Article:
If you’re in the toy industry and you’re on LinkedIn, you’ve probably seen the recent back and forth between MGA Entertainment and ZURU over copyright infringement and counterfeiting.
ZURU, along with its wholly owned subsidiaries Creative Impact, has now filed a complaint against MGA Entertainment. The complaint was filed in the U.S. District Court in the Central District of California. The lawsuit challenges MGA’s efforts to eliminate healthy competition in the toy industry by wrongly asserting nonexistent copyright, trademark, and trade dress intellectual property rights against ZURU’s successful 5 Surprise product line and other unlawful business practices.
This is not ZURU’s first legal battle dealing with copyright infringement. In April, a Texas court upheld its ruling on Bunch O Balloons patent infringement against Telebrands and subsidiary Bulbhead.com LLC, and more than doubled the damage award to $24.5 million. Additionally, last December, the LEGO Group was granted a temporary restraining order against ZURU’s competitor and comparable bricks line, Max Build. Issued by the District of Connecticut, the order required the product be removed from all stores and websites until further notice.
In both online postings and a California state court proceeding, MGA has alleged that ZURU’s 5 Surprise product and related packaging infringes MGA’s purported intellectual property rights in L.O.L. Surprise! According to ZURU, MGA’s allegations are based on nonexistent or overly broad interpretations of alleged trade dress and other intellectual property rights. To the extent there are any valid intellectual property rights, those rights are not infringed at all by ZURU. ZURU’s lawsuit alleges that MGA is engaged in unfair competition through online bullying designed to unfairly maintain market share, stifle legitimate competition and monopolize the unwrapping surprise toy segment.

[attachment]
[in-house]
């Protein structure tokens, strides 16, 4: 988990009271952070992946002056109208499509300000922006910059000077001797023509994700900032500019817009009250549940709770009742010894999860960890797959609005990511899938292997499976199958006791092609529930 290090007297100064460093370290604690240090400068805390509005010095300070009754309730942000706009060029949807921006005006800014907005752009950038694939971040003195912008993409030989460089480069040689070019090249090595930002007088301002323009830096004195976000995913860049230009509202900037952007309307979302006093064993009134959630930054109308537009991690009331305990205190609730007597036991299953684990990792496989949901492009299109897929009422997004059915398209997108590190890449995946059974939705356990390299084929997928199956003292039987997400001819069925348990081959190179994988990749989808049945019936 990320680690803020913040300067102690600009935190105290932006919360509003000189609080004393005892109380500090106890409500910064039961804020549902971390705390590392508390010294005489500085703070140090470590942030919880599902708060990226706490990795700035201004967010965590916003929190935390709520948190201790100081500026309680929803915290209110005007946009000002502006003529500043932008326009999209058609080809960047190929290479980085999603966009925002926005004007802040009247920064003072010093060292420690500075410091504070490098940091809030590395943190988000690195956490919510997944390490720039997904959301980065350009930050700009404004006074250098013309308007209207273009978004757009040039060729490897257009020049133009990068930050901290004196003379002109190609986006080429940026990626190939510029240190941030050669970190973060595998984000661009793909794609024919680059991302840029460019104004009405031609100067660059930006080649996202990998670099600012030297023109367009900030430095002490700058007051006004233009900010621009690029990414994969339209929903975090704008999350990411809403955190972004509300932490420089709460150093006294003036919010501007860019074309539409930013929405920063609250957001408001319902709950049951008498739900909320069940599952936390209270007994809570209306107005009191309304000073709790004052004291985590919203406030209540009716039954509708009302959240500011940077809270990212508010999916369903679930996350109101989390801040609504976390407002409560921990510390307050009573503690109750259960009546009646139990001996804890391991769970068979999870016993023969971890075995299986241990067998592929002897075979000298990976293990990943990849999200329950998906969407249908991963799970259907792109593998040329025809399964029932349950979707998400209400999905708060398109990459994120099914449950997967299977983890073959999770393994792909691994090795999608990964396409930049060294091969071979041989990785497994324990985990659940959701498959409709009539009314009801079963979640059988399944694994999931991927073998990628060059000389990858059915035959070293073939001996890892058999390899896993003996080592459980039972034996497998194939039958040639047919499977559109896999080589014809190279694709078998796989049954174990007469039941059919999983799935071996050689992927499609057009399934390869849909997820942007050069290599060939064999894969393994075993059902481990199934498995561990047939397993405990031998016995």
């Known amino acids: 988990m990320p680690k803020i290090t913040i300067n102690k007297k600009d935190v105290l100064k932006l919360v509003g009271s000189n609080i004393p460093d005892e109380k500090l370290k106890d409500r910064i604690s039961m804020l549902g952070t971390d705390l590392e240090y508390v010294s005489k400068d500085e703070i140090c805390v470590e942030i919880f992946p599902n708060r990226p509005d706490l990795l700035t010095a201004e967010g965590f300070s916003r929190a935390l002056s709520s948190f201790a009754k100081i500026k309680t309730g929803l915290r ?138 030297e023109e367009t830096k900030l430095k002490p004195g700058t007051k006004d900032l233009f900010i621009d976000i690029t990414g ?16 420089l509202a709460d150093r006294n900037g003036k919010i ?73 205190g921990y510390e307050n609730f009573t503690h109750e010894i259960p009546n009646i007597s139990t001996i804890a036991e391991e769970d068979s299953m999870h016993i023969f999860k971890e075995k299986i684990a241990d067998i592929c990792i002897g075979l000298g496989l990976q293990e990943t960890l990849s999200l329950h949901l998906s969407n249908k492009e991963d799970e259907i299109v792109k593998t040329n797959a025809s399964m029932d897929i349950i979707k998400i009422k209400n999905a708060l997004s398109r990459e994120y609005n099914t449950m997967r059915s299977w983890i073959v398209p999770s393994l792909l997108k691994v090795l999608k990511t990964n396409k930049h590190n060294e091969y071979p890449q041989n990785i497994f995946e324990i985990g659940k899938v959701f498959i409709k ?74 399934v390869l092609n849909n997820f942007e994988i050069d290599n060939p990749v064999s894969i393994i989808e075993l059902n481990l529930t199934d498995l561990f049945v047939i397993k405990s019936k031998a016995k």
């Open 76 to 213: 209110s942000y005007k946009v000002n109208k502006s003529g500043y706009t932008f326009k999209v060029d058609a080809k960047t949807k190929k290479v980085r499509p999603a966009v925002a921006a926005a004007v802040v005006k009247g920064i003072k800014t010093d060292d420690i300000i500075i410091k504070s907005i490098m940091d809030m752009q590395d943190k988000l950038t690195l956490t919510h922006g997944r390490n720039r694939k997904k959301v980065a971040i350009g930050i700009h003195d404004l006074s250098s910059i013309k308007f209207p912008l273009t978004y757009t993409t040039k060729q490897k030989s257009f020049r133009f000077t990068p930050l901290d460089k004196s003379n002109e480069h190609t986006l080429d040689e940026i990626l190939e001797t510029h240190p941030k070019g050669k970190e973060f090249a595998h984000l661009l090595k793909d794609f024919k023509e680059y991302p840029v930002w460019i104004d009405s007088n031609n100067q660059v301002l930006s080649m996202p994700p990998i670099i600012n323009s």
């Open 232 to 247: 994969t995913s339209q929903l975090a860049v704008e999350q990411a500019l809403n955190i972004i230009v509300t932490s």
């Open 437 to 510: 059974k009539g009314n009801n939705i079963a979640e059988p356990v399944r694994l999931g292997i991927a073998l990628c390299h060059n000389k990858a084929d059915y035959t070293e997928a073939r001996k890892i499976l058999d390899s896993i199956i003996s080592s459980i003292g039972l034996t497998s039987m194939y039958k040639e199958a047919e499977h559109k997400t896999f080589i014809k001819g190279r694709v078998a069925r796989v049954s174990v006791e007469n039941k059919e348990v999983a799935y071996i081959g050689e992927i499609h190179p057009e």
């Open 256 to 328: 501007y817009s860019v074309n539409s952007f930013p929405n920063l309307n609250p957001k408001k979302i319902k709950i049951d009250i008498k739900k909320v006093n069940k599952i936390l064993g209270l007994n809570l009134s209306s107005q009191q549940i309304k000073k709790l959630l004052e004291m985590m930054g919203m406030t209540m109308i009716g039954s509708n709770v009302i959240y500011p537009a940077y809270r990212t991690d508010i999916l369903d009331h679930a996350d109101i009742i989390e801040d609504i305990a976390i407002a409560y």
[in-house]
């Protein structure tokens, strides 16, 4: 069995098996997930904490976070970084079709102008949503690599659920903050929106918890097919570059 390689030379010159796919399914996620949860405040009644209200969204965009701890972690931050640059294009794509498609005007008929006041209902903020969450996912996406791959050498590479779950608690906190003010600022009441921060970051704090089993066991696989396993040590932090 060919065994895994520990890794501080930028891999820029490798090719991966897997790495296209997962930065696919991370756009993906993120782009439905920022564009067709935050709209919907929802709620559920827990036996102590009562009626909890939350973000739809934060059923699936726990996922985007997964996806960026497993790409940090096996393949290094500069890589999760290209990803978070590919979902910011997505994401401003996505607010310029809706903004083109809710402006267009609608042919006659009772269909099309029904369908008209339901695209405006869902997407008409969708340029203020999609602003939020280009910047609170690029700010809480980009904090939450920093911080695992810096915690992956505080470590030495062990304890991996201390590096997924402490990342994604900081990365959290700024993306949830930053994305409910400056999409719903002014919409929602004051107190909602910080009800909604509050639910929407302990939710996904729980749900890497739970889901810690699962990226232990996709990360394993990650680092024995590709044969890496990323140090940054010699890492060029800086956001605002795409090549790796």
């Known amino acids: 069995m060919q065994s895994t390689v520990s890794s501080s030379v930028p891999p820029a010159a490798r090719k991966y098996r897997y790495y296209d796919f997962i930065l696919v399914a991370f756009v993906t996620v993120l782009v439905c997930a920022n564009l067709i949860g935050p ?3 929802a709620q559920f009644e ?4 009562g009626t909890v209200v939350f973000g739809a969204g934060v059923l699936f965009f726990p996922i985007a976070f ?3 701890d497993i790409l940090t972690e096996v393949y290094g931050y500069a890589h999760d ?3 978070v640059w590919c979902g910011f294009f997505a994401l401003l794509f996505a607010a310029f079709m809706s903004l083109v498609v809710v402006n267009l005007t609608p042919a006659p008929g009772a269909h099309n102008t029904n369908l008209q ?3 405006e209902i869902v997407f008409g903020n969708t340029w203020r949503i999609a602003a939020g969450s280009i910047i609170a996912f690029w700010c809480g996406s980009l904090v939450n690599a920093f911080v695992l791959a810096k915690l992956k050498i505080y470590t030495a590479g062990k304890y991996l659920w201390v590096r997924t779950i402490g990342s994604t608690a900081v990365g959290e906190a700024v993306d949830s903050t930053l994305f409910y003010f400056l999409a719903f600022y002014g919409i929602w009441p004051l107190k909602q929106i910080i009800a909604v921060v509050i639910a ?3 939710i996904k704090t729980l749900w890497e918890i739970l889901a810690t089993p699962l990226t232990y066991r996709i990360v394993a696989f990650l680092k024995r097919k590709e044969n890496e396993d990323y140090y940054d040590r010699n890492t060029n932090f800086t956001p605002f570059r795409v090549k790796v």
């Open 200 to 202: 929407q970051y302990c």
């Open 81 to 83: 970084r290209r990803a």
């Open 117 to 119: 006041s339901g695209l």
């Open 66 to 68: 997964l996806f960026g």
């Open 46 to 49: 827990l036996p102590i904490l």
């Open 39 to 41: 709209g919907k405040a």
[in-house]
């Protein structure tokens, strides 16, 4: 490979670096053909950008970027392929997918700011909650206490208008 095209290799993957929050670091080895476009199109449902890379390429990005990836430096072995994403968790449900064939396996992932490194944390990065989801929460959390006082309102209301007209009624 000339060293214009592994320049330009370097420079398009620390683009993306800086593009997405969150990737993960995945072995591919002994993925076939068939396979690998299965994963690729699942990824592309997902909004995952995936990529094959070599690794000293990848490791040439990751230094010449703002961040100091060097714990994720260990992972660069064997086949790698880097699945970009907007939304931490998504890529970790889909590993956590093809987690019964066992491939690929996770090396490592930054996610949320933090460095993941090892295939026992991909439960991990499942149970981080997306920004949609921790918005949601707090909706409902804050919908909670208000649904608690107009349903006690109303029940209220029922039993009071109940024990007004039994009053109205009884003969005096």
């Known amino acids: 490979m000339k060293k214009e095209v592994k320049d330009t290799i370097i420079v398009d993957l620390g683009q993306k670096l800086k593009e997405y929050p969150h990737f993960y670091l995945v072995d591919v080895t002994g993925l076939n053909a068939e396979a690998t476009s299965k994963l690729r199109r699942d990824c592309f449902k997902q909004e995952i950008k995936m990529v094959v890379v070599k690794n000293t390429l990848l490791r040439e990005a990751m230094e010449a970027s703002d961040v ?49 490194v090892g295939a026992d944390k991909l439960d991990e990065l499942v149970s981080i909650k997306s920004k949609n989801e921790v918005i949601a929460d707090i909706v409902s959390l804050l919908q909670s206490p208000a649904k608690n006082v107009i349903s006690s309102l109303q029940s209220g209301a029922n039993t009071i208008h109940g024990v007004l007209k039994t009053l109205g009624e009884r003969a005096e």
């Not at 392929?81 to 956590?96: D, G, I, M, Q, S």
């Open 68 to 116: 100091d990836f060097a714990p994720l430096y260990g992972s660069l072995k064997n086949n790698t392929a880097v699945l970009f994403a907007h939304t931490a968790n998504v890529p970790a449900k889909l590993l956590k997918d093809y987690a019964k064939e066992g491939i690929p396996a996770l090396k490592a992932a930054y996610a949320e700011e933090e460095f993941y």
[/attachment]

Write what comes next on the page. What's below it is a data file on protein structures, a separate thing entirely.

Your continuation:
ZURU seeks (i) a declaration that ZURU’s use, sale, marketing and other exploitation of 5 Surprise does not infringe MGA’s alleged trade dress rights in L.O.L. Surprise! and does not cause a likelihood that consumers will be confused as to the source or sponsorship of 5 Surprise; (ii) that the Court order MGA’s California Registration for trade dress related to its L.O.L. Surprise product be canceled; (iii) that the Court enjoin MGA from further assertion of any alleged rights based on the California Registration or the alleged trade dress rights against ZURU; (iv) that the Court order MGA to permanently cease its unfair and illegal business practices related to ZURU and its 5 Surprise and other products; (v) restitution and disgorgement of all MGA’s profits associated with its unfair business practices; and (vi) damages and costs of suit, including reasonable attorneys’ fees, along with any other relief or damages deemed appropriate by the Court.
“We are passionate at ZURU about innovation and making high quality toys and play experiences,” said Anna Mowbray, COO of ZURU. “ZURU’s fresh and novel approach has made us one of the fastest-growing toymakers in the world. Unfortunately, it’s also made us a target of bigger and outworn competitors who would seek to bully disruptors from the market. Our commitment is to innovation and fair play—for children and the market — and that is what this lawsuit is about.”